Monday, January 9, 2012

Short Stories are Alive and Well in Speculative Fiction - But Who's Reading?

While bookstores are struggling to compete with the likes of Amazon, book sales in general are in rude health, particularly speculative fiction. Fantasy, science fiction and horror have always had a large and loyal following, and there are no shortage of new writers out there to come up with fresh approaches to keep the speculative fiction market alive. Most new writers of sci-fi, fantasy and horror cut their teeth in the short story market. This too is in rude health, judging by the amount of magazines, anthologies and other markets advertised in Duotrope’s Digest, a website dedicated to listing all available markets for writers of fiction.

Literally hundreds of different magazines, anthologies and websites offer an avenue for writers to submit short fiction stories, and in particular speculative fiction, which is by far the largest market. Some of these magazines offer very little in payment, others advertise “pro rates,” so new writers face no shortage of potential markets. However, when you scrape beneath the surface a little, it soon becomes apparent that with a few rare exceptions, these short story markets are self-perpetuating. Many of these markets get almost as many submissions from writers as they do readers. In fact, other than a few long-standing and notable exceptions, the majority of the reading audience to these anthologies and magazines are writers themselves. It’s a case of writers writing to be read by other writers.

Very few general readers buy these short story publications, and even worse for a writer’s perspective is that very few publishers take any interest in them either. No matter how much of a reputation a writer makes in the short story market, they gain very little attention from mainstream publishers and readers. Few people in the average bookstore would have heard of the likes of Jason Sanford or Alison Littlewood, but they are two of the most exciting writers around in the science fiction and dark fantasy genres today. Yet, like other short story writers, their work goes very much unnoticed.

Publishers are of course interested in turning a profit so concentrate their abilities on promoting novels, as that’s where the money is. Very rarely will a mainstream publisher release a new author’s short story collection - arguing there’s just no money in it because people don’t buy short story collections anymore. But why? In today’s age of the e-book reader and iPad, and with an ever-busier population, with an ever-shortening attention span, the short story should be the ideal medium. As Hemingway suggested, a short story is written for consumption in one sitting. What could be better than reading a story when commuting to work in the morning, another on the way home, or rounding the day off by reading one in your comfiest reading seat? Yet few people do, preferring instead to steadily leaf through a novel.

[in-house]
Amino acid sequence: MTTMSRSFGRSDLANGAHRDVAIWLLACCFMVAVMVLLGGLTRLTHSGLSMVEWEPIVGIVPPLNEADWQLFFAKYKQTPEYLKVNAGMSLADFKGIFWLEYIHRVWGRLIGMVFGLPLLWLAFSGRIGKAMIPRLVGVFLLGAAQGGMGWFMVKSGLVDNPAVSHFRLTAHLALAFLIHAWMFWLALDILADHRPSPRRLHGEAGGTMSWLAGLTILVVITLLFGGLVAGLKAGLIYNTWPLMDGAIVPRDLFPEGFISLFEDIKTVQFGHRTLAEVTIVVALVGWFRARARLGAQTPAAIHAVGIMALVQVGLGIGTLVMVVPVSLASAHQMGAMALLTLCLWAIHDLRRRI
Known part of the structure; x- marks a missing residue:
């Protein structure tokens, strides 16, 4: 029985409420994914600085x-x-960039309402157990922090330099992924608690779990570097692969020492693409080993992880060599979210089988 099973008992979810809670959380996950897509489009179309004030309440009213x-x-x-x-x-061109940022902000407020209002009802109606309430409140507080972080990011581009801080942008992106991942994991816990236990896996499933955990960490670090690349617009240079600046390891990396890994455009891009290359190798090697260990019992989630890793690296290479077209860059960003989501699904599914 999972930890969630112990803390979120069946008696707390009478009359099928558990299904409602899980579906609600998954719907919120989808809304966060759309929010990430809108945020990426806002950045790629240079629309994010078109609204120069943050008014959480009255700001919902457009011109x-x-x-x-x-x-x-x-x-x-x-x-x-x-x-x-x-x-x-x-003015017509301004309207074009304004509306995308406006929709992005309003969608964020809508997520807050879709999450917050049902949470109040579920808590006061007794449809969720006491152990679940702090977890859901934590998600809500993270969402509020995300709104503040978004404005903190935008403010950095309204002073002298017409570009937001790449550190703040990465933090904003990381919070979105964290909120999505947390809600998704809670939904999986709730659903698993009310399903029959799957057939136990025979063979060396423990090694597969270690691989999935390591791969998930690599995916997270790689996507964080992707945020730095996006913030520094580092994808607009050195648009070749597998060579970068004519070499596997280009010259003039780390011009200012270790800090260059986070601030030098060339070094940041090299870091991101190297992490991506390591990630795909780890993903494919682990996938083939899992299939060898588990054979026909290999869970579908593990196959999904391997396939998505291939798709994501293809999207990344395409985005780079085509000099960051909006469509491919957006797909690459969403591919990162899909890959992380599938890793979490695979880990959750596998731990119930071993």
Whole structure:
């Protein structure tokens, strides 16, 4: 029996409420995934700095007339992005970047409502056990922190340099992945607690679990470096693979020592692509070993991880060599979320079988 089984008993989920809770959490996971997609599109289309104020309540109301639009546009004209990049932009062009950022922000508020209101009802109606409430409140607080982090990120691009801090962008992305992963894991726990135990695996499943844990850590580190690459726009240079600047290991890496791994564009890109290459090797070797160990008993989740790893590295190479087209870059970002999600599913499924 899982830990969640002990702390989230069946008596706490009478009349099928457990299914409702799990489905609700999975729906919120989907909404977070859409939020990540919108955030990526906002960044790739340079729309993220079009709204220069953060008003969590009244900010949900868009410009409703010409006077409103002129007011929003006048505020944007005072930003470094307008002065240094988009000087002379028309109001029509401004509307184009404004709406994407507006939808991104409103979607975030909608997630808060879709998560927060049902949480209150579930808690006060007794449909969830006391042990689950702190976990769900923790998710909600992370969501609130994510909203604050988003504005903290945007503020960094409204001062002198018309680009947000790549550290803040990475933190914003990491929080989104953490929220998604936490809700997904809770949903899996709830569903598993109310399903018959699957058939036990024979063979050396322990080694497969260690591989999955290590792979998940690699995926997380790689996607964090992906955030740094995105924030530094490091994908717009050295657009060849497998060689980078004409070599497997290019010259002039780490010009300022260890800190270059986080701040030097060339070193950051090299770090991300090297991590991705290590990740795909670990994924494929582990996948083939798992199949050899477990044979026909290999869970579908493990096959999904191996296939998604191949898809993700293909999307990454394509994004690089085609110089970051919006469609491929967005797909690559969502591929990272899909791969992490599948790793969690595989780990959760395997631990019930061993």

It wasn’t always this way. Many of the greatest literature figures, particularly in science fiction, fantasy and horror, made their name writing short stories. Edgar Allan Poe only ever wrote one novel and is best remembered for his shorts. H P Lovecraft churned out hundreds of short stories, while Arthur C Clark, Isaac Asimov, Harlan Ellison, Robert A Heinlein and Philip K Dick, all made their names writing shorts. Many big name writers still regularly write short stories too; Stephen King and Neil Gaiman to name but two. But with such a limited audience, it begs the question as to why they bother. Well it’s certainly not for the money. Even the highest paid short fiction markets rarely pay above 7 cents per word. Sure big names like Stephen King and Neil Gaiman will probably attract a bigger audience for the magazines and probably get a bigger payment too, but it won’t be much, certainly not on the same scale as their novels and other writing earns them.

The reason is probably something to do with the art behind short story writing. The short story is perhaps the purest form of storytelling. Unlike a novel, where an author gets the chance to write page after page of verbose description and characterization, a short story requires a writer to cut things down and include only what matters to the story. The plot, narrative, characterization and description need to provide just enough detail to immerse the reader and serve the story. For this reason, some of the greatest works of fiction are written in the short form. So, next time you are browsing your local bookstore, why not pay a visit to the shelves containing the short story magazines and anthologies. You may find you are in for a pleasant surprise.

- Isabella Woods -

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